Do you know who this is?” Rabbi Eliezer Zobin, the interim principal of Immanuel College, asks a roomful of Jewish studies teachers.
The photograph shows a man with a thick, straggly, white beard and a black hat. But he is not an Orthodox rabbi or a rabbi of any kind. He is one of the iconic figures of science, the Victorian architect of the theory of evolution, Charles Darwin.
By the time they reach their final year of Jewish primary school, what children learn in their science lessons conflicts with a literal understanding of the biblical story of Creation.
According to the national curriculum, Year 6 students should be taught to “recognise that living things have changed over time and that fossils provide information about living things that inhabited the Earth millions of years ago”.
How Orthodox schools can respond to the challenge was one of the sessions at the annual conference for Jewish Studies primary teachers at the London School of Jewish Studies this week.
One traditional reaction had been to dismiss the science, Rabbi Zobin said. The last Lubavitcher Rebbe, Rabbi Menachem Mendel Schneerson, argued that man had been created fully formed and fossils already planted in the ground at the time of Creation.
But it was not a line of reasoning any of Rabbi Zobin’s audience seemed ready to accept. “Our children wouldn’t believe it,” said one teacher.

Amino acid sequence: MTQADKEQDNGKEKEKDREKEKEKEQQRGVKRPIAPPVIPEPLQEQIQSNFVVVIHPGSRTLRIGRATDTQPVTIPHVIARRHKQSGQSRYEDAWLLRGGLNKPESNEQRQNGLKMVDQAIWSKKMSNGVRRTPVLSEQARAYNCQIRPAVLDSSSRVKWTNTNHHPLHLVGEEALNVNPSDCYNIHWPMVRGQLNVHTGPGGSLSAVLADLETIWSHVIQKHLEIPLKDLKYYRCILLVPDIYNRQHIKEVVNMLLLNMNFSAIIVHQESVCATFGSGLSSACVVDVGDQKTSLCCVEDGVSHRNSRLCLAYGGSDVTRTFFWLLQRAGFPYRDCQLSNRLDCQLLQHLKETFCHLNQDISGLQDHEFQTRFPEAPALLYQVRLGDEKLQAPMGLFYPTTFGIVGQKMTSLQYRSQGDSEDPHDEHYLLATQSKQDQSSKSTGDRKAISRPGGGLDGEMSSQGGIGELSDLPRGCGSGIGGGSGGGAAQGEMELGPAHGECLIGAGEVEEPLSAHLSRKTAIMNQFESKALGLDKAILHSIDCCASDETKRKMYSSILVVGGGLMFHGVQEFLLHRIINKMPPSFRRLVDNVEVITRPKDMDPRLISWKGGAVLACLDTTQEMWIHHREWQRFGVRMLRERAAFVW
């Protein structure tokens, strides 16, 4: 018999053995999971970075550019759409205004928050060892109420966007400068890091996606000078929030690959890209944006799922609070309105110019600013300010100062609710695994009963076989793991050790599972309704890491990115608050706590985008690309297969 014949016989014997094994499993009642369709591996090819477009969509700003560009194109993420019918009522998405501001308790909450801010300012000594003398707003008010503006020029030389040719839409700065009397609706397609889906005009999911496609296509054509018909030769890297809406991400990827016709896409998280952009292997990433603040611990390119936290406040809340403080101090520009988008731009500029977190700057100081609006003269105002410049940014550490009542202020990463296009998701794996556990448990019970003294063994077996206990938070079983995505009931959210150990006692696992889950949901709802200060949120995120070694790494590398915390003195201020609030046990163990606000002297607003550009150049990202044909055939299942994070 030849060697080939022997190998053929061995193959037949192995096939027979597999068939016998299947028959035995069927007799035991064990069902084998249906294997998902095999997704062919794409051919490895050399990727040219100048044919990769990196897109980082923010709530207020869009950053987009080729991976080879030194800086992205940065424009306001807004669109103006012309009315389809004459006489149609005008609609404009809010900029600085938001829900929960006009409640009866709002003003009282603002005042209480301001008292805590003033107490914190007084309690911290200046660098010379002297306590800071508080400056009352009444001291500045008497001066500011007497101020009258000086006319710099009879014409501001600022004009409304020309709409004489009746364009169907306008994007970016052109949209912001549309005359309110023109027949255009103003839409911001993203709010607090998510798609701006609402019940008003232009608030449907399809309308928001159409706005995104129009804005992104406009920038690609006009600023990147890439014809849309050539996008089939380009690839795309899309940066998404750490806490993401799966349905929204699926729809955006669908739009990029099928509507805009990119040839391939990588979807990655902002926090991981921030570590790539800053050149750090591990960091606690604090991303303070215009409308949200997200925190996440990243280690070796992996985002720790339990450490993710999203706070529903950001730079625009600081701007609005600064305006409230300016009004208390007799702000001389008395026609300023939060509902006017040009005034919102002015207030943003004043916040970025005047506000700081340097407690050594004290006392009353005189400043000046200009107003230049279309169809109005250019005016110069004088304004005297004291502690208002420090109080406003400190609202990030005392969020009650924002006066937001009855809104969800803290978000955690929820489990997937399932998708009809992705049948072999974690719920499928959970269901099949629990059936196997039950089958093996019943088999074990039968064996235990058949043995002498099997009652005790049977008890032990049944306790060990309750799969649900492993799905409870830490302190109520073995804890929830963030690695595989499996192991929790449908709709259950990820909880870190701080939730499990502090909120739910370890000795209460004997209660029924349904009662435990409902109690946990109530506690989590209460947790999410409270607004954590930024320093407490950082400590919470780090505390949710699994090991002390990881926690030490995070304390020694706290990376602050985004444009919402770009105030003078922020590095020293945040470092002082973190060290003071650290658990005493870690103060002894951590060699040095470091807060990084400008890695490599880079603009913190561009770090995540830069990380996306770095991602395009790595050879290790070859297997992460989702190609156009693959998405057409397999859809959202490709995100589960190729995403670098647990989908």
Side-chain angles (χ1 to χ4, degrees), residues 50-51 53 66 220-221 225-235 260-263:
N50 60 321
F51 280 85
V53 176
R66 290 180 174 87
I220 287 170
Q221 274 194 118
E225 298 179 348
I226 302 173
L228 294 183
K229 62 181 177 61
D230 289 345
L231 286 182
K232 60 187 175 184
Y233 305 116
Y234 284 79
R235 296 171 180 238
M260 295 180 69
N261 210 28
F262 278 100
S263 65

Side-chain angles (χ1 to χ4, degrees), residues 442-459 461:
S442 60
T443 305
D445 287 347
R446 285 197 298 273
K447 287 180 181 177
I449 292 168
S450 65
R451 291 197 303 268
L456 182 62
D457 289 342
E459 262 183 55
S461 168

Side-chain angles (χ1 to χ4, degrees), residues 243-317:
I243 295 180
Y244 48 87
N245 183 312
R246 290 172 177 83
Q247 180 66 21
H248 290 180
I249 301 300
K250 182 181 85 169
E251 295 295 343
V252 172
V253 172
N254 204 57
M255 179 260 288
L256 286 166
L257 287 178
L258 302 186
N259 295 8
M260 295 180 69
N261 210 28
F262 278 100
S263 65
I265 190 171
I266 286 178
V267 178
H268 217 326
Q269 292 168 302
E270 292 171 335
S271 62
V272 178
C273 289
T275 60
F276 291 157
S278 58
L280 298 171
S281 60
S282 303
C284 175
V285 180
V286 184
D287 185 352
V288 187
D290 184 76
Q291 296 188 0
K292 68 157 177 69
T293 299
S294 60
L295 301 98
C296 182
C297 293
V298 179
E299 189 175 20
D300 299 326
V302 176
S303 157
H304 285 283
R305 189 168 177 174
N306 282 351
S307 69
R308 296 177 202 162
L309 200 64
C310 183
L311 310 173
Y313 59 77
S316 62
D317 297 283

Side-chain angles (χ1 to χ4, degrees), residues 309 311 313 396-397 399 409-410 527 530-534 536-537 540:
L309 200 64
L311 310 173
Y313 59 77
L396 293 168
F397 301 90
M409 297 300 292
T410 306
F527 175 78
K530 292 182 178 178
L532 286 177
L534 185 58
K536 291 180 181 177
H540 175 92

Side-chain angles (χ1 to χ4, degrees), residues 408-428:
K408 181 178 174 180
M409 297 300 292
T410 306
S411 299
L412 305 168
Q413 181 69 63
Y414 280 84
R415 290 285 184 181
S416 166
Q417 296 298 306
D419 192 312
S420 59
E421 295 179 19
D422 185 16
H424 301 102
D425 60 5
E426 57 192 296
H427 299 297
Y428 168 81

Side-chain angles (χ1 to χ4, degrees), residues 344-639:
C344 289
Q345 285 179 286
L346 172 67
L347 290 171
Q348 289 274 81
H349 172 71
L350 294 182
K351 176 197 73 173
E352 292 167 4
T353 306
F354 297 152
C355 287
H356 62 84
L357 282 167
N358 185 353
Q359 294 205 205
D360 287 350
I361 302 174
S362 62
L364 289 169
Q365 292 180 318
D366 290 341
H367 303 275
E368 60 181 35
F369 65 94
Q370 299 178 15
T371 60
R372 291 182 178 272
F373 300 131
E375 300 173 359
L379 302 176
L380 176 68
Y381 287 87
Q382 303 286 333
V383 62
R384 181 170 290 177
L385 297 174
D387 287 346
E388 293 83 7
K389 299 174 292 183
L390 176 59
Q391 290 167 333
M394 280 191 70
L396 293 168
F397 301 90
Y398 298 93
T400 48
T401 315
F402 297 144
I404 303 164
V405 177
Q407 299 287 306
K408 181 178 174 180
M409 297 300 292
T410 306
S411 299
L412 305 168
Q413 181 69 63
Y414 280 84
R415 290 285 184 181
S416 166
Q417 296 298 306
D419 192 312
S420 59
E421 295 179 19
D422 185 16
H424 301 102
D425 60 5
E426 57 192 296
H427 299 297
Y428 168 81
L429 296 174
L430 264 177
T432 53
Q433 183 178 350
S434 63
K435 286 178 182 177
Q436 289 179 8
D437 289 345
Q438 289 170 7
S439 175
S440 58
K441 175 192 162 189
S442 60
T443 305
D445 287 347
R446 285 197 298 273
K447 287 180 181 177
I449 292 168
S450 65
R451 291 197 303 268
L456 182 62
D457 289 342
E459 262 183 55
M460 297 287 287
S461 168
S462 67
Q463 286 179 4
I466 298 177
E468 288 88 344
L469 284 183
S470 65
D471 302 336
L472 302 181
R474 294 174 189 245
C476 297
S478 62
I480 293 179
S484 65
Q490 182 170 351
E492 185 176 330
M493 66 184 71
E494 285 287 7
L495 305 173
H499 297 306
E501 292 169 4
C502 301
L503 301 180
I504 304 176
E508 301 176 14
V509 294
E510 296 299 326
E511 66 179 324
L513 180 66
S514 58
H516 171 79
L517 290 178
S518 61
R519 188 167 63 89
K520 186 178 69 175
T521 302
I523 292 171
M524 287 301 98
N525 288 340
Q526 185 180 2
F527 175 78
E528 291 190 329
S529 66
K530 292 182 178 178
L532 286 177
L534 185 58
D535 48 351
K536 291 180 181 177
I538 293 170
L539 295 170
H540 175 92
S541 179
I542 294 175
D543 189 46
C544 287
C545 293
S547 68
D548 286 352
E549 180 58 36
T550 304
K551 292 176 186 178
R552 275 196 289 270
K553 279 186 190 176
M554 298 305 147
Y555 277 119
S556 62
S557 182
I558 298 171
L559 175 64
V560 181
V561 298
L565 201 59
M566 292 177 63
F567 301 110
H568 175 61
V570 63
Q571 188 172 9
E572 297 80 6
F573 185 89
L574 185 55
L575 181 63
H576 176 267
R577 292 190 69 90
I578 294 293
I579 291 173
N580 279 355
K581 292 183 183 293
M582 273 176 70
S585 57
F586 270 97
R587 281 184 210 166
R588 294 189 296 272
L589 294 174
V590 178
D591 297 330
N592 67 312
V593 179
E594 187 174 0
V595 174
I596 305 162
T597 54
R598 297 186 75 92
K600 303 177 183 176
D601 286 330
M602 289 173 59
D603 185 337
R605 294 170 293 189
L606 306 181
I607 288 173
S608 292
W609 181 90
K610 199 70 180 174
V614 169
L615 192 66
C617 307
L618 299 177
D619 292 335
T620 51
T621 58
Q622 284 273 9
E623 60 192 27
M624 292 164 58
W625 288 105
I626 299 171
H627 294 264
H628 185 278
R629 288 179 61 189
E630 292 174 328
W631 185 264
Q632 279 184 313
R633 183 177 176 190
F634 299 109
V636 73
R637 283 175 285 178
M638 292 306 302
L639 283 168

The children’s milieu was “the Big Bang theory, Stephen Hawking and Planet of the Apes movies,” said another.
Far from being a sceptic about science, Rabbi Zobin proved a true enthusiast who was keen to show how theories of evolution and the age of the universe could be reconciled with Torah teaching.
Quoting from Psalms, “How great are Thy works, Oh Lord, In wisdom Has Thou made them all,” he stressed the word hochmah, wisdom — commonly used of general knowledge.
Judaism treated scientific research with respect, he said. “There is spiritual value to be gained from understanding science”.
Rattling through such subjects as carbon dating, fossil formation, dendrochronology — dating through tree rings — or evolutionary adaptation, he demonstrated why scientific ideas should be taken seriously.
At one point, while explaining fossils, he pulled out an example from his pocket. “This isn’t a shark’s tooth in my hand. What you see is a cast of the original shark’s tooth.”
The idea that life in all its diversity branched out from a single source reinforced a monotheistic view of Creation, he argued, in contrast to pagan ideas of multiple gods.
In the biblical text, God’s commands to the waters to “swarm with living creatures” and to the earth to “bring forth the living creature after its kind” — rather than creating them directly Himself — could be interpreted to convey the idea of process in which life develops out of nature.
Scientific insights into the inter-relationship of life forms, Rabbi Zobin argued, could help instil awareness of the unity of Creation.